FEMA did a pretty good job after all.

Saturday, April 15, 2006
Big Lizards has an interesting post on FEMA's response to Katrina.

The Inspector General of the Department of Homeland Security, Richard L. Skinner, has released a long-awaited report on the federal response to Hurricane Katrina; and while the report found a number of areas where FEMA needs improvement, it also completely undermines the major Democratic attacks against the Bush administration.

In general, the report brings much well-deserved praise for the speed and effectiveness of the federal response to the most devastating American hurricane since Galveston was hit by a killer storm in 1900 --

During the response to Hurricane Katrina, FEMA provided record levels of support to victims and emergency responders. Life saving and life sustaining commodities and equipment were delivered to the affected areas; personnel increased significantly in a short period of time to support response efforts and provide assistance to victims; and assistance was provided quickly in record amounts, sometime through innovative
means....

I would like to add that skook has a very interesting post in the comment section. Anyone with interest in this subject really should check it out.

8 comments:

David Thomson said...

FEMA during the Katrina disaster probably performed at a C+ or B- level. The MSM would have almost certainly praised its efforts if Bill Clinton still resided in the White House. Mike Brown was not the perfect FEMA boss---but he was probably a little bit above average.

Skookumchuk said...

The 20,000 or so trucks moved during the first six months of Katrina are about what UPS does every day in less than a shift (UPS has about 88,000 vehicles worldwide). A typical container terminal at a US port, like the NYK terminal in Los Angeles, has a design capacity of 1,800 truck moves per day. So that’s a Katrina every 11 or so days, through only one NYK’s facilities. No muss, no fuss.

The government problem has several facets. First, FEMA and its Federal partners handle routine disasters all the time, but these usually involve small numbers of assets, so the normal volumes are very low. Then about once every five or ten years, the Feds are called on to transform themselves into an efficient trucking company overnight. This naturally is very hard to do. In large part it is because the organizational flywheel must already be spinning, in other words, as in the case of UPS or Wal-Mart, there must be an office building someplace full of billing clerks typing away at 60 words a minute, each and every day. And the drivers, the guys on the forklifts and conveyors, the truck mechanics, must all be comfortable at a certain pace. In theory, mechanically anyway, a large firm like UPS could handle all the trucks of Katrina in maybe 20 hours of overtime. That’s because the private sector flywheel is already spinning in a way that the public sector flywheel never can be. Given the fact that the system had to be started essentially from rest, the result speaks volumes about the talent and commitment of the FEMA people involved.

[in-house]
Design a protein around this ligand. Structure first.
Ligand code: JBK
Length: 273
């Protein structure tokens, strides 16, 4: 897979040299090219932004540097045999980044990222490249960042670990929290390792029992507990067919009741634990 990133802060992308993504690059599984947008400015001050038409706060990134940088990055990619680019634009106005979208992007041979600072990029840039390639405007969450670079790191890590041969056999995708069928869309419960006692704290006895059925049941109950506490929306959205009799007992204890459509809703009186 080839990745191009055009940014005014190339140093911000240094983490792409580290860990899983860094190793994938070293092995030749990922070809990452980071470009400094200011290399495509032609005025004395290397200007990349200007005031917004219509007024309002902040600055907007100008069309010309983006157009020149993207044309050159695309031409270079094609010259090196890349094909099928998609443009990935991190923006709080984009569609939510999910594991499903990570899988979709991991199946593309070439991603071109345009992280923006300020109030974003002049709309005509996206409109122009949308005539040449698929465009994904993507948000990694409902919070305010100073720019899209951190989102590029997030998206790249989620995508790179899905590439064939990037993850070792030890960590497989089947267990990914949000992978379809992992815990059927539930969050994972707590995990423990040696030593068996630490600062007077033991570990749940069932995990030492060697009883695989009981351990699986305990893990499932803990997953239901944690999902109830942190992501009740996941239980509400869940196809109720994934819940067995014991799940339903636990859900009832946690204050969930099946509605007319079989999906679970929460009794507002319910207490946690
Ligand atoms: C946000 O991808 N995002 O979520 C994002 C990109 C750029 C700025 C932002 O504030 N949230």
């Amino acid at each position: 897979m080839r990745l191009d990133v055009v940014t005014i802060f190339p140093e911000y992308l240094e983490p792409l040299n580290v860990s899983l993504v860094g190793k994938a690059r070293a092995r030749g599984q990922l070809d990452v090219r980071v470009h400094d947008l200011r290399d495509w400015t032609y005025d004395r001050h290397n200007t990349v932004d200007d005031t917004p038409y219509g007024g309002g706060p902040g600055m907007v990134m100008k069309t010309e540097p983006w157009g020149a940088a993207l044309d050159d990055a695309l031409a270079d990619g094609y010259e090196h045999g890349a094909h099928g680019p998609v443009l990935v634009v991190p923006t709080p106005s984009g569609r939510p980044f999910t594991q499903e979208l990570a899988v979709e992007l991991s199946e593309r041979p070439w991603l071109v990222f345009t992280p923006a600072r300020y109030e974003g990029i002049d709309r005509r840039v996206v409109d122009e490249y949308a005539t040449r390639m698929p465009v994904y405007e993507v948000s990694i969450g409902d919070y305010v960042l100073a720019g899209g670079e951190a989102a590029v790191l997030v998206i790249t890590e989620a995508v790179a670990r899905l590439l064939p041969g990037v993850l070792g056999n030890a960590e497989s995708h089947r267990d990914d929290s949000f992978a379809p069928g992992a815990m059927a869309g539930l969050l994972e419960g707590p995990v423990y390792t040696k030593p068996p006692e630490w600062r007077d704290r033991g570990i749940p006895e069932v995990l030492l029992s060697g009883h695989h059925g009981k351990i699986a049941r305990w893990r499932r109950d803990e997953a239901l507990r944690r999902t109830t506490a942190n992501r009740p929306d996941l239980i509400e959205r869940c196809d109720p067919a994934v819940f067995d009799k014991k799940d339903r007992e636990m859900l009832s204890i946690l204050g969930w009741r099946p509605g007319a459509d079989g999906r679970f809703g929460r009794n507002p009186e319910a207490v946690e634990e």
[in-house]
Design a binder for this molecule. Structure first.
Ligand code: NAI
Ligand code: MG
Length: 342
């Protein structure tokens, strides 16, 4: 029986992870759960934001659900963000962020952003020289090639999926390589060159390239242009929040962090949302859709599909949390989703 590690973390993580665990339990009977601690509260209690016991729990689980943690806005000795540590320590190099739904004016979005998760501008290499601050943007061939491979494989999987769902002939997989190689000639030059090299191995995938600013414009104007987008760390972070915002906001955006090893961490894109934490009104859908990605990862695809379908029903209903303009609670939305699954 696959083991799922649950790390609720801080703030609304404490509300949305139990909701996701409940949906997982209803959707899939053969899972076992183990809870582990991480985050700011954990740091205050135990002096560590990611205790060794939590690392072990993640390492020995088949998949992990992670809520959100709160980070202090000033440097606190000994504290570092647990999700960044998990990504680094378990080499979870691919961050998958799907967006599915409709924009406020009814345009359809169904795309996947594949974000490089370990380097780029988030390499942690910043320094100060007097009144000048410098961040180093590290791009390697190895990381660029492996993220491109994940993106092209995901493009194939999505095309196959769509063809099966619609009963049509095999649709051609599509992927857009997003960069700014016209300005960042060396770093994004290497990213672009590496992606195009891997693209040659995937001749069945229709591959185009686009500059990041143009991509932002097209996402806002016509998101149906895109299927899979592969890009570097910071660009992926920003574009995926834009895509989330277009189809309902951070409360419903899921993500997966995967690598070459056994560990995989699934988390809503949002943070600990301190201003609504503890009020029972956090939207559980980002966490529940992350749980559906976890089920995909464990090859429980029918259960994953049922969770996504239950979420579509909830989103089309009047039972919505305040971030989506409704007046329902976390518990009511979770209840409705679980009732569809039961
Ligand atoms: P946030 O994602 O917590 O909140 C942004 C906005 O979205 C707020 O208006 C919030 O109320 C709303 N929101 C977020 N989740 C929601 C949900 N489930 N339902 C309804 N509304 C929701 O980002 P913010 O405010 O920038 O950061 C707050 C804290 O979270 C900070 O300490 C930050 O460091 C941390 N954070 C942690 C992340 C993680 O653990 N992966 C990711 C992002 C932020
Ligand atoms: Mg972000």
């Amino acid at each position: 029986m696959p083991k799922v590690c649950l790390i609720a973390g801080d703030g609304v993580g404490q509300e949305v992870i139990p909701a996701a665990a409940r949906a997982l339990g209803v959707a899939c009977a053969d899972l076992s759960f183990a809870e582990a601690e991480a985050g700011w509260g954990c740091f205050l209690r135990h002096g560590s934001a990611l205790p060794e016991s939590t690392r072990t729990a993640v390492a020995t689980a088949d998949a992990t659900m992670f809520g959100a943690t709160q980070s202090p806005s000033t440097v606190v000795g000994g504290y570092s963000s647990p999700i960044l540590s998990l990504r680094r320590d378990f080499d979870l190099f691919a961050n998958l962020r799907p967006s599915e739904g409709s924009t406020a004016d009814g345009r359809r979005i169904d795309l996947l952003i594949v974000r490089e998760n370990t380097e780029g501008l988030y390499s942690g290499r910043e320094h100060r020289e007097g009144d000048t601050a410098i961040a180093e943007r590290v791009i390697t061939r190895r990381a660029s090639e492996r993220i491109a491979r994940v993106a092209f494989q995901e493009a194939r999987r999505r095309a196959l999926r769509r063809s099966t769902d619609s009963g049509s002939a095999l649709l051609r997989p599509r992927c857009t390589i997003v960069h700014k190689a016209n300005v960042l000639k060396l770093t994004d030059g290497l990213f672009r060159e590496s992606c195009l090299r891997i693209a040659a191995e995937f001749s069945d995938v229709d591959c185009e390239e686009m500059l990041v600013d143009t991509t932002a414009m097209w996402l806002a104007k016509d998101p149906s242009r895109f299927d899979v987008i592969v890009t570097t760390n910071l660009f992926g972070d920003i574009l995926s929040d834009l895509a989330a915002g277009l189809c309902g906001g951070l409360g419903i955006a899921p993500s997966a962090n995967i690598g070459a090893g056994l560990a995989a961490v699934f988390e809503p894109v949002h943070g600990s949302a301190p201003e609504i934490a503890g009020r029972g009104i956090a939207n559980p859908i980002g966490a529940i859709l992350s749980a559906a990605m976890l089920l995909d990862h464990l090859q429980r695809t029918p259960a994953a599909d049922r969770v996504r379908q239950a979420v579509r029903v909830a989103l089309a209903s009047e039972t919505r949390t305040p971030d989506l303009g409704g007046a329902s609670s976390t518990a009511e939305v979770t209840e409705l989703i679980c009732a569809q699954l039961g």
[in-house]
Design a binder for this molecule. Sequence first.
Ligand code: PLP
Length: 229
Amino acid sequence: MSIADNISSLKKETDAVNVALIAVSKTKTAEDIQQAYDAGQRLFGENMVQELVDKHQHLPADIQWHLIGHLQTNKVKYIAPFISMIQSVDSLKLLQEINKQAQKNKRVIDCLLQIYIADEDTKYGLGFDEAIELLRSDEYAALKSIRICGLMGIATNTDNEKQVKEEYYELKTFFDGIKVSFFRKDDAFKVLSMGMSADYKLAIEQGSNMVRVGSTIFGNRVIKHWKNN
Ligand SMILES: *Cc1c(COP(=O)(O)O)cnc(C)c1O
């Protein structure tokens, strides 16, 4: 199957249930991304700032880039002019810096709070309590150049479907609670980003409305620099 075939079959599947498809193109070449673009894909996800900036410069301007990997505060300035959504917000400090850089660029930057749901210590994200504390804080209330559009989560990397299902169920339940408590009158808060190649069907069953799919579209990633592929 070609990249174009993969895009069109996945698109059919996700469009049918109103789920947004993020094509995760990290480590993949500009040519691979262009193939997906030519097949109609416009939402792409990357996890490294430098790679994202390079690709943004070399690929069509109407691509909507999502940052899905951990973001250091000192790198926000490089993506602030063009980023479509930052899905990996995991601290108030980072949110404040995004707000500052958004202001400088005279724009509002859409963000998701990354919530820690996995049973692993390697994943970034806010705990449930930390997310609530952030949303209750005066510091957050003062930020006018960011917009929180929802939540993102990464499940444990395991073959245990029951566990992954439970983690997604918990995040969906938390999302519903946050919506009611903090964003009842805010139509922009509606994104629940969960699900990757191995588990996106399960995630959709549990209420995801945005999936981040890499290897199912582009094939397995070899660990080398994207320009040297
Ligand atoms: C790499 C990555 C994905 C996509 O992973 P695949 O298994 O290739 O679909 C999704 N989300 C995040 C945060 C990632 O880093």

If we had Katrinas all the time, it would be easy to imagine a massive entrepreneurial response from the private sector - we would see some latter-day Henry Kaiser cranking out travel trailers for displaced persons by the millions. But the level of required industrial commitment has not been (and hopefully won’t be) on a scale similar to World War II style industrial production. This means that FEMA’s contracts must make good use of the private sector, in order to make services efficient, but they must be structured in such a way that their tasks will be doable. In other words, they shouldn’t cause too much disruption to their regular businesses. The private sector experiences peaks in their operations, but tries whenever possible to keep volumes steady and predictable. Certainly the peaks are nowhere remotely what they are for the Feds in a disaster response. So for the private sector also, disaster response involves a rapid redeployment of assets and is easier said than done - it is, after all, a disaster. Tweaking the relationship between the public and private sectors to optimize performance in catastrophic events is an ongoing job that needs a lot of thought.

There is a second fundamental difference between the operations of a Wal-Mart and the Federal response to a Katrina and that is the diameter of the pipe from beginning to end. Wal-Mart has control over the entire chain and has equal efficiencies at both the originating and receiving ends and everywhere in between. As does the Army, by the way. In the case of a Federal disaster response, while the trucks may quickly be loaded with donated bottles of water flying off the production line at the local soft drink manufacturer, by the time these trucks are unloaded by the retired volunteers in the church parking lot, the speed of the flow has slowed markedly. This means that things like cycle times and equipment utilization become almost impossible to predict. Unclogging the local pipe is complicated by the organizational structures at the receiving end, and these structures also greatly complicate efforts to put a uniform tracking system in place throughout the country - a difficulty that Wal-Mart does not have.